Definitions were based on those used in the SwedeHF Registry. HF was diagnosed by the attending physician based on guideline recommendations at the time of inclusion. New York Heart Association functional classes I to IV were used to define severity. Revascularization was defined as history of coronary artery bypass surgery or percutaneous coronary intervention. Myocardial infarction was based on information from patient records. Type 2 diabetes mellitus was defined as a confirmed history of this diagnosis. Comorbidities were defined as the presence of any or several of the following: hypertension, atrial fibrillation, chronic obstructive pulmonary disease, valvular heart disease, stroke, peripheral artery disease, or idiopathic dilated cardiomyopathy, all of which were classified as “yes” or “no” based on patient records. LVEF was the most recently estimated value and was grouped into 4 classes: ≥50%, 40% to 49%, 30% to 39%, and <30%. Creatinine clearance was calculated with the Modification of Diet in Renal Disease formula and an estimated glomerular filtration rate <60 mL/min per 1.73 m2 was considered the cutoff for renal insufficiency.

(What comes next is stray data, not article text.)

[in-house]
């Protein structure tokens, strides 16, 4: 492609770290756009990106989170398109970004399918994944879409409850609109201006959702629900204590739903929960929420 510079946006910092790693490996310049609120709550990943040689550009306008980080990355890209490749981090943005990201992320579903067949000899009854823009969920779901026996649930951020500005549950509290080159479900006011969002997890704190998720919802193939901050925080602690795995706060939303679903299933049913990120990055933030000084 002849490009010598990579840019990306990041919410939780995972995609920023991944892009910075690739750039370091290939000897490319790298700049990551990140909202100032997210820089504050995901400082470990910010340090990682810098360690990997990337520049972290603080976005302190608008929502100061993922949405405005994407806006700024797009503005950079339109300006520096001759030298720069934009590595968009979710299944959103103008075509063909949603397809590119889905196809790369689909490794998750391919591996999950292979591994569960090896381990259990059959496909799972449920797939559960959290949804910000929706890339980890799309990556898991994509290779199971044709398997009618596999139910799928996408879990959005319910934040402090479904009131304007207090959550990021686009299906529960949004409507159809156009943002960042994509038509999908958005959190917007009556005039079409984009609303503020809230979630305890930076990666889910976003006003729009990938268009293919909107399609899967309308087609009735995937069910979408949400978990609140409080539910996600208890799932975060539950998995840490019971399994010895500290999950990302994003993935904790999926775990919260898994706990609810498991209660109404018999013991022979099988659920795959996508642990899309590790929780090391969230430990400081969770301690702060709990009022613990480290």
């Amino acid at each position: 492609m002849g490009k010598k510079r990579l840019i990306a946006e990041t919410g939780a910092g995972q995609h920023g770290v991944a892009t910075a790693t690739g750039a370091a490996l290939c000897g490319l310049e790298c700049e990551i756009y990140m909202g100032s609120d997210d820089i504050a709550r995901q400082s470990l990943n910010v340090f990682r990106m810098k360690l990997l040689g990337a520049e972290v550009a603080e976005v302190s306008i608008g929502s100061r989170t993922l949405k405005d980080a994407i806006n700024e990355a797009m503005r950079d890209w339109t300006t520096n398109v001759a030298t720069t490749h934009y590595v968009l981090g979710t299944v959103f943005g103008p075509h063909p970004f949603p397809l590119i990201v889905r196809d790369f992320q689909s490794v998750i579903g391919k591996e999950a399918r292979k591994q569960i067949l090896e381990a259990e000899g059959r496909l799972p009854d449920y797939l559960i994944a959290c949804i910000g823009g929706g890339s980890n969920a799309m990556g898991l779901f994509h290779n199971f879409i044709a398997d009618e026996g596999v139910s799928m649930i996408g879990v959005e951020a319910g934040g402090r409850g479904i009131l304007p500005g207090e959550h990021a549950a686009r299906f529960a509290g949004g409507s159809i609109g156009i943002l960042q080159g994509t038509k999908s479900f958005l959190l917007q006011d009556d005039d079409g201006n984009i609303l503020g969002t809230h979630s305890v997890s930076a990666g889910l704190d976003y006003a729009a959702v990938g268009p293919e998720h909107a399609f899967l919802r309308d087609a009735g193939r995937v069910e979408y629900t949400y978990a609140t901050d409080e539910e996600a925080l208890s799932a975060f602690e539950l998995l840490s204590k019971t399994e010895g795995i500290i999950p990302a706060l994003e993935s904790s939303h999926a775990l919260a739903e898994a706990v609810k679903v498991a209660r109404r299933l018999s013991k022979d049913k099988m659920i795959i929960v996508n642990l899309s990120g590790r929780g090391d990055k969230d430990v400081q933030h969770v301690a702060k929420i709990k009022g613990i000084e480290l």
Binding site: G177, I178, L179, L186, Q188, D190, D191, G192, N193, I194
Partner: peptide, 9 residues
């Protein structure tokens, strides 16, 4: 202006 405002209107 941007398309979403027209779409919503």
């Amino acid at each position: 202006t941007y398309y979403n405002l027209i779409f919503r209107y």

As previously described, variables with >20% missing data were excluded from the analysis.12, 13 Missing data for the remaining 86 variables were handled using mean (numeric variables) or most common value (non‐numeric variables) imputation. We trained a random forest model to predict survival up to 1 year after hospital discharge or at an outpatient clinic visit.18, 19 The random forest algorithm was chosen because it can be applied to a data set with mixed variable types, performs well on data sets with large numbers of variables, is not prone to overfitting, and allows estimation of variable importance. The model was validated by 10‐fold bootstrapped cross‐validation. To assess model calibration, patients were grouped into deciles based on predicted risk before plotting observed versus predicted risk. We ranked predictors (variables) by decrease in Gini impurity index, estimated while training the random forest model. Using the 8 strongest derived predictors of mortality, we then clustered patients into 4 groups using K‐means clustering with Euclidean distance as a measure of dissimilarity. The variables were the following: age, creatinine, hemoglobin, weight, heart rate, systolic blood pressure, mean arterial pressure, and income. K‐means clustering is an unsupervised learning method that partitions N objects into K clusters in which each object belongs to the cluster with the nearest mean. K‐means can be computed in a computationally efficient manner for large data sets. We selected 4 clusters as the smallest number of clusters that optimized cluster separation (evaluated by the Silhouette score), cluster stability (evaluated by Jaccard coefficient estimation over 10 bootstrapped samples), and variation in cluster size and difference in mortality between clusters.20 The full cohort was also stratified according to cut points of LVEF that were adapted from the European Society of Cardiology Guidelines for the diagnosis and treatment of acute and chronic HF.4 Four cohorts were delineated representing preserved LVEF (LVEF≥50%) as well as mild‐to‐severe decrements in systolic function (LVEF 40–49%, LVEF 30–39%, and LVEF<30%). One‐year Kaplan–Meier survival curves were generated for each of the 4 clusters and LVEF group to compare the predictive utility of each methodology. The log‐rank test was used to compare the difference in survival between groups. Each novel cluster was interrogated for variability with respect to demographics, comorbidities, medications, laboratory data, and socioeconomics. Finally, interaction terms in a logistic regression model were used to test for the statistical significance of interactions between clusters and commonly prescribed HF medications. We sought to identify the variation in outcomes between each cluster when exposed to traditionally used HF medications, namely: β‐blockers, digoxin, angiotensin‐converting enzyme inhibitors, angiotensin receptor blockers, mineralocorticoid receptor antagonists, diuretics, and nitrates. We propensity‐matched groups (drug versus no drug) within each cluster for age, sex, and LVEF using the coarsened exact matching method; this ensures that groups being compared are evenly matched on selected variables by removing those subjects who skew the matching. Hazard ratios were estimated through Cox regression after adjustment for LVEF, the major criteria for use of HF therapeutics. Analyses were performed using R 3.2.2 (R Development Core Team, Vienna, Austria). A 2‐sided P≤0.05 was considered statistically significant for all analyses.